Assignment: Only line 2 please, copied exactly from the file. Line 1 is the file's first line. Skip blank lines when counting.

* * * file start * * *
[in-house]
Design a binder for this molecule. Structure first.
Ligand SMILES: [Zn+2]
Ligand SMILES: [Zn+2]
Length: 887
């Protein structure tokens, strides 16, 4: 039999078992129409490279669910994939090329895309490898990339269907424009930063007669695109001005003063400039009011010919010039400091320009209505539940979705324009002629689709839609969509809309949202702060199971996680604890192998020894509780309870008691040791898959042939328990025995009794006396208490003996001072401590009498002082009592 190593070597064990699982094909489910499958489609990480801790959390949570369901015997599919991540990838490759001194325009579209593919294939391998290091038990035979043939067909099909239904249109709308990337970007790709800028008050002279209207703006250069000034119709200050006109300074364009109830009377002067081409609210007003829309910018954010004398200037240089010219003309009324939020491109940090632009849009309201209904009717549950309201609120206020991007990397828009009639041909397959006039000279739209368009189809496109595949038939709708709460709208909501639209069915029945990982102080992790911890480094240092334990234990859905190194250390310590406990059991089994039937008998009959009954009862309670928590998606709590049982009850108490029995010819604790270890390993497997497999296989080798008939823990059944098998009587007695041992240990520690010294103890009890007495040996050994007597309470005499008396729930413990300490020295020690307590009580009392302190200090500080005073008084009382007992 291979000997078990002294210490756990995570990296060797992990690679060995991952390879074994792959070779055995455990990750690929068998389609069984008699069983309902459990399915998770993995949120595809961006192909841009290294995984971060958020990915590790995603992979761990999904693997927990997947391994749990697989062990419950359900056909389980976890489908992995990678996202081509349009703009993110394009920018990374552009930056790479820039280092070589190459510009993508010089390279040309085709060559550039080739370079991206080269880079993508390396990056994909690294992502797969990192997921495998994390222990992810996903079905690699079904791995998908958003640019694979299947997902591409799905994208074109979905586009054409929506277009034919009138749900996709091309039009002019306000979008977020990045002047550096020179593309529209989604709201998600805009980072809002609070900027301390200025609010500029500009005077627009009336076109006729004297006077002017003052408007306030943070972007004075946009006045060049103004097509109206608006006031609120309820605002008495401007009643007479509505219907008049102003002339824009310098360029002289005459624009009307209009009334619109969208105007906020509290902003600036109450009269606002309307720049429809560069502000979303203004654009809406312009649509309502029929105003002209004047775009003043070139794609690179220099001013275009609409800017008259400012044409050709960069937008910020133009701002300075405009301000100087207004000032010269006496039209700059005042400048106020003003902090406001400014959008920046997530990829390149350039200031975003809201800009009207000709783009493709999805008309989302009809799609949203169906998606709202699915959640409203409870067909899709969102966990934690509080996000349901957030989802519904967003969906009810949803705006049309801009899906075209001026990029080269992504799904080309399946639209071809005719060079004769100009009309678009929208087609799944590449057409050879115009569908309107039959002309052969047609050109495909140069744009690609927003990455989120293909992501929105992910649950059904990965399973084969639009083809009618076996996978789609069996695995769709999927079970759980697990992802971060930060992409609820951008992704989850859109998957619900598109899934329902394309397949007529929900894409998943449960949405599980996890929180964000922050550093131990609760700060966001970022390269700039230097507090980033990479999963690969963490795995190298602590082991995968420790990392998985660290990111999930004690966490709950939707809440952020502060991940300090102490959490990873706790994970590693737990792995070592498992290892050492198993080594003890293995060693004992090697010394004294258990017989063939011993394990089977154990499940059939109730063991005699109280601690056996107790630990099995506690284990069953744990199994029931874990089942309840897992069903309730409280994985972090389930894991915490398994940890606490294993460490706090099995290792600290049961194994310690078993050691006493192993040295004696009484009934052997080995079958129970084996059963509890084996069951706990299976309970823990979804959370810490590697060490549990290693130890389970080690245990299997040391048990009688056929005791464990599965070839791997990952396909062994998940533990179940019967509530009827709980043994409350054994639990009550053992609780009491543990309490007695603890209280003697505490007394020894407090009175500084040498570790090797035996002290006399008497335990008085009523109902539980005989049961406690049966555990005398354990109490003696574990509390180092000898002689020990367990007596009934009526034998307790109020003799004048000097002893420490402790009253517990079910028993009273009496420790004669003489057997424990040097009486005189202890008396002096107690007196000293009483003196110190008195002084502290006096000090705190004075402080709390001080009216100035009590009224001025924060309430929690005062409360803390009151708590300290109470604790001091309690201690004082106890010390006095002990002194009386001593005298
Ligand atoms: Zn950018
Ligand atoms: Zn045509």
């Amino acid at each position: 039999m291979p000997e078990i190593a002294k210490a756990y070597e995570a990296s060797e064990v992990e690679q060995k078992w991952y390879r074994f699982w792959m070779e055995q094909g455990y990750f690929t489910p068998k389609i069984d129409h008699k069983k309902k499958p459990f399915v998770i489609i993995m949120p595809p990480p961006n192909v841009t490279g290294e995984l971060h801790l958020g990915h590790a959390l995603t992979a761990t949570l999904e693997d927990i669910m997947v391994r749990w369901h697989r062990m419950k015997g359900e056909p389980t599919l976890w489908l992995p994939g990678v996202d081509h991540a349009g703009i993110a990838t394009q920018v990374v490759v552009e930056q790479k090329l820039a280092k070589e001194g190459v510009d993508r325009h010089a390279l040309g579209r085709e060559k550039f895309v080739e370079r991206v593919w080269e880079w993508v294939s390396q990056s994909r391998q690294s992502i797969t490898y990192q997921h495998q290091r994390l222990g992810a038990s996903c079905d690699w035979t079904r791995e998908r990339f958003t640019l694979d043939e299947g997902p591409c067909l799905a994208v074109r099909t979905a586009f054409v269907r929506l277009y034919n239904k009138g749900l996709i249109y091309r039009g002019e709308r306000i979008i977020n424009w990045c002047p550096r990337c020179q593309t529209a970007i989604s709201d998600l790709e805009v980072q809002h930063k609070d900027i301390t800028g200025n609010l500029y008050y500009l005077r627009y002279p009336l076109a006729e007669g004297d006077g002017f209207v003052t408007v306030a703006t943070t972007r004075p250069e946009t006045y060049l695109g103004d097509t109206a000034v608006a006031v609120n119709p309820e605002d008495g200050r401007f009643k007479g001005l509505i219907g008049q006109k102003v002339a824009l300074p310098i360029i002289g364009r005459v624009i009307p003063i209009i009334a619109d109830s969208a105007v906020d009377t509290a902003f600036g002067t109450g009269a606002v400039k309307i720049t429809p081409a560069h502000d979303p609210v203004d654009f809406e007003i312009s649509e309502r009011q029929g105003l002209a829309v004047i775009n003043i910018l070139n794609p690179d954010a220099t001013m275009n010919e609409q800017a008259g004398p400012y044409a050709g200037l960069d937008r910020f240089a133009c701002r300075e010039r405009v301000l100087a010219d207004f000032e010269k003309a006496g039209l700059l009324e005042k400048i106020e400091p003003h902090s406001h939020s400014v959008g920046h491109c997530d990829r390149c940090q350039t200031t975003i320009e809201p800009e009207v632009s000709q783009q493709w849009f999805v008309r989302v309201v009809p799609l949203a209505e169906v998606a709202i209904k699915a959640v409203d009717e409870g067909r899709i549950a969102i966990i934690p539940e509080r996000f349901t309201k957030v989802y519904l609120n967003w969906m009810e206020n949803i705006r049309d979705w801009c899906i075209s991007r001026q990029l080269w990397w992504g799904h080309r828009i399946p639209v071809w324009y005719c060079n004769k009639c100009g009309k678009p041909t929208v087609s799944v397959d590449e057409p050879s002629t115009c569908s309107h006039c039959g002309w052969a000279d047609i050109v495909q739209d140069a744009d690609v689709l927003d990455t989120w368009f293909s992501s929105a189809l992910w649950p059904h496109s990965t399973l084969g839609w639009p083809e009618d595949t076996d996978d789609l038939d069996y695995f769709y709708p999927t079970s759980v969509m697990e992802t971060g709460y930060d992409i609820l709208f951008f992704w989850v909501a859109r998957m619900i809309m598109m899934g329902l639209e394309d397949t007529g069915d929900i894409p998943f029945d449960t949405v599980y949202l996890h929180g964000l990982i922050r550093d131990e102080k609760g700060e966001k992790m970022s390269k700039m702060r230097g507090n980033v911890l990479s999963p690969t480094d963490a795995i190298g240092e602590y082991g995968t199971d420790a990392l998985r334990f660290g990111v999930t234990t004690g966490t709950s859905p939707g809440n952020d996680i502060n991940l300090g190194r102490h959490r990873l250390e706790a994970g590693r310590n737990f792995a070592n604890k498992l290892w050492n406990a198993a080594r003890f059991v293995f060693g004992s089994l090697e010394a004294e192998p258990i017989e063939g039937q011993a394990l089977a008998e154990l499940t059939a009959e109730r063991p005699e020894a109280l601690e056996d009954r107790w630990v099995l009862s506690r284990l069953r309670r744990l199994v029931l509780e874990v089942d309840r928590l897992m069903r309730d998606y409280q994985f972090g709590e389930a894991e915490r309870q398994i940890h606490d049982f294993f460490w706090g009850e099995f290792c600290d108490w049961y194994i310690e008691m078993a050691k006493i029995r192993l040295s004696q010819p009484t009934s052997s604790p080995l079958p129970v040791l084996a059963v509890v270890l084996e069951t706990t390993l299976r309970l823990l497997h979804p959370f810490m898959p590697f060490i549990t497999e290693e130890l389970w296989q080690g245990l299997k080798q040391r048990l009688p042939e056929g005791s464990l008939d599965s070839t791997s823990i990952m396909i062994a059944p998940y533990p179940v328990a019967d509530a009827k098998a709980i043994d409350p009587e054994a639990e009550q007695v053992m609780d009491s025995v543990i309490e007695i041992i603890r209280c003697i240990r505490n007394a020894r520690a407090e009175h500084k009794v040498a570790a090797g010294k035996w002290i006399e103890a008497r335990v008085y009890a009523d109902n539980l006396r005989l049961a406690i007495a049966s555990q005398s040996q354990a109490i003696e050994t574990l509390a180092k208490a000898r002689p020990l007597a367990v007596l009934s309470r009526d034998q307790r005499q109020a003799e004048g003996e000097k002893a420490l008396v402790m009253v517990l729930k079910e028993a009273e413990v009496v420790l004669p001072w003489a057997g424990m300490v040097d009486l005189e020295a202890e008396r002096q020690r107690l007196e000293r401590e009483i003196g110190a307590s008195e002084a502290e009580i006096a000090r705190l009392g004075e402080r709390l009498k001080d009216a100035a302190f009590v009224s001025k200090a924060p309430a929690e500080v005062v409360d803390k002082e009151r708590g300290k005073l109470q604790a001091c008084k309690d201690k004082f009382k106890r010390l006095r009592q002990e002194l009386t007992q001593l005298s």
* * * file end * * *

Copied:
Design a binder for this molecule. Structure first.